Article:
As was the custom in nineteenth century society, great wealth brought civic responsibility. Mrs. Gardner fulfilled her duties with unusual flair. Fenway Court (the turn-of-the-century moniker for today’s Isabella Stewart Gardner Museum) was the setting for events to benefit local charities as well as support for artistic creation. These events included an annual garden competition, plays performed in the Gothic Room, and modern dance performances. Concerts and lavish dinner parties also took place.
Traditionally, family recipes and silver were passed down from mother to daughter and Isabella transcribed her own cookery book of close to 100 recipes. Her recipes are filled with obsolete terms and utensils, imprecise measurements and directions that leave out what we would consider critical information. For example, her recipes call for a hair sieve or a sheet of buttered letter paper. Measurements were an imprecise: “pinch”, “handful” or “half glass”. There was no way to regulate the temperature of a hot stove. The cook would thrust her hand into the oven and count – if the cook could hold their arm in the oven for 12 seconds, it was hot – 24 was moderate. Recipes wouldn’t say how long to cook – you were to “bake until done”.
Laying the table service for a Victorian dinner was a formidable task. The Victorians invented specialized tools for every menu and American companies were even more inventive than Europeans. A unique fork was required for oysters, lobster, fish, roast meat, pickles, olives, cake, bread, pastry, fruit, lemon and strawberries. Isabella owned a kumquat fork. The sheer volume of utensils inspired Oscar Wilde to write, “The world was my oyster but I used the wrong fork”.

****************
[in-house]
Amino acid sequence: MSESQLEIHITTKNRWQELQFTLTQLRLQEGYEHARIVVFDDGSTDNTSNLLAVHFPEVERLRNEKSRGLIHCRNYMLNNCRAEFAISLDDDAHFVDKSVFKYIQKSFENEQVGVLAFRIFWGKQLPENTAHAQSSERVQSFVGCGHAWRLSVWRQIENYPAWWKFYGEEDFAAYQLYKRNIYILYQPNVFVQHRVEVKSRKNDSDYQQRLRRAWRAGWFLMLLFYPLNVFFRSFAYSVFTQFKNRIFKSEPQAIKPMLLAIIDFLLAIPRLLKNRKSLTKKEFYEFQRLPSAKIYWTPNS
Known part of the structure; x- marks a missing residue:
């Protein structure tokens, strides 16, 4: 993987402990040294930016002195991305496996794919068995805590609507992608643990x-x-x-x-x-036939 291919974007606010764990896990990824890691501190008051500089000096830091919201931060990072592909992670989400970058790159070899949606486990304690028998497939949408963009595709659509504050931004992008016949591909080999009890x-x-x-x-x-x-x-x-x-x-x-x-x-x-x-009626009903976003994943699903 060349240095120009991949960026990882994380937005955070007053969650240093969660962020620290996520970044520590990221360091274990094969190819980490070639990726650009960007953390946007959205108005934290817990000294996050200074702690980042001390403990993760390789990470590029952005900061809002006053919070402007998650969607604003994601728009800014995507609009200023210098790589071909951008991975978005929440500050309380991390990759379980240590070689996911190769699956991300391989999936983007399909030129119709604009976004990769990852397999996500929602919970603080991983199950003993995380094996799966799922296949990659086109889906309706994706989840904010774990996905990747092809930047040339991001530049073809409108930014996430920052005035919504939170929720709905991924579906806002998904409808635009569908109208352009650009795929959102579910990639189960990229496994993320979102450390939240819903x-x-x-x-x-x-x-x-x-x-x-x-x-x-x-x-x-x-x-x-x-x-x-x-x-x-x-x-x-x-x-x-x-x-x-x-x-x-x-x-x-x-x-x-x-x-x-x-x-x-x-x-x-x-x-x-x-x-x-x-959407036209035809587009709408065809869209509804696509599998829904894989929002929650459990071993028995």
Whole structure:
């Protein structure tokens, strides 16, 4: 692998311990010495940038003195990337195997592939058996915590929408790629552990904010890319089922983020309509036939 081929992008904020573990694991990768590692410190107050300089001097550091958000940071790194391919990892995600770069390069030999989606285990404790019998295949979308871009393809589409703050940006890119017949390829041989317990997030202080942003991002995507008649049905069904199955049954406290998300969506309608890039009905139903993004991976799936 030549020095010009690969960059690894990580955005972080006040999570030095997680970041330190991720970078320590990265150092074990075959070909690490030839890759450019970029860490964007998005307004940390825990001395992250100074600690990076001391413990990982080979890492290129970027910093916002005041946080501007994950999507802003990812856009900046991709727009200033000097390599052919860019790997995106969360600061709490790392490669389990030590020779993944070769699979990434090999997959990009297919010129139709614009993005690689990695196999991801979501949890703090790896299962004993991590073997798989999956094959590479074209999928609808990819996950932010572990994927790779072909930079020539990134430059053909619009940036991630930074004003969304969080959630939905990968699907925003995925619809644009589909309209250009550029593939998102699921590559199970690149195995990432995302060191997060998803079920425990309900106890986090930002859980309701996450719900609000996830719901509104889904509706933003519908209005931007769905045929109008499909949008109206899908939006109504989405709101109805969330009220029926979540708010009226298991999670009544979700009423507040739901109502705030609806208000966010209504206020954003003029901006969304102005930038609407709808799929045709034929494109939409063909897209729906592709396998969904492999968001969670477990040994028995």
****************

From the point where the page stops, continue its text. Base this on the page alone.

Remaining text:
Luckily, there were guides on etiquette and household management that were essential reading for all young brides. When Isabella married John Lowell Gardner in 1860 she brought with her The Lady’s Guide to Perfect Gentility by Emily Thornwell.
It included the unalterable behaviors for conduct at the table. Under the heading “Special Rules to Be Observed at the Table” are the following rules:
e It is ridiculous to make a display of your napkin
e It is uncivil to turn down the first glass of wine offered by the host.
e It is ridiculous to cut with a knife your bread, which should be broken by hand
e We should, as much as possible, avoid putting next to one another two persons of the same profession, as it would necessarily result in an aside conversation.
e It would be impolite to monopolize a conversation which ought to be general.
e If you have no skill in carving meats, do not attempt it.
We beg you, dear guests, to keep these rules of etiquette in mind as you make your way through the museum during our “feast” on the evening of November 15th.
We’re unsure of her skill in carving meats, but Kristin Parker is certainly skilled at organizing and caring for Isabella’s cookbooks, tableware and journals, all part of her job here at the Gardner Museum as our archivist. Whenever we seat her next to fellow archivists, “aside conversations” about acid-free paper or the preservation of digital photographs inevitably ensue. Read her last blog post, about Isabella’s “Manuscript Club,” here.
The Supper Table, from Isabella’s copy of Mrs. Beeton’s Every-Day Cookery and Housekeeping Book, Museum Archives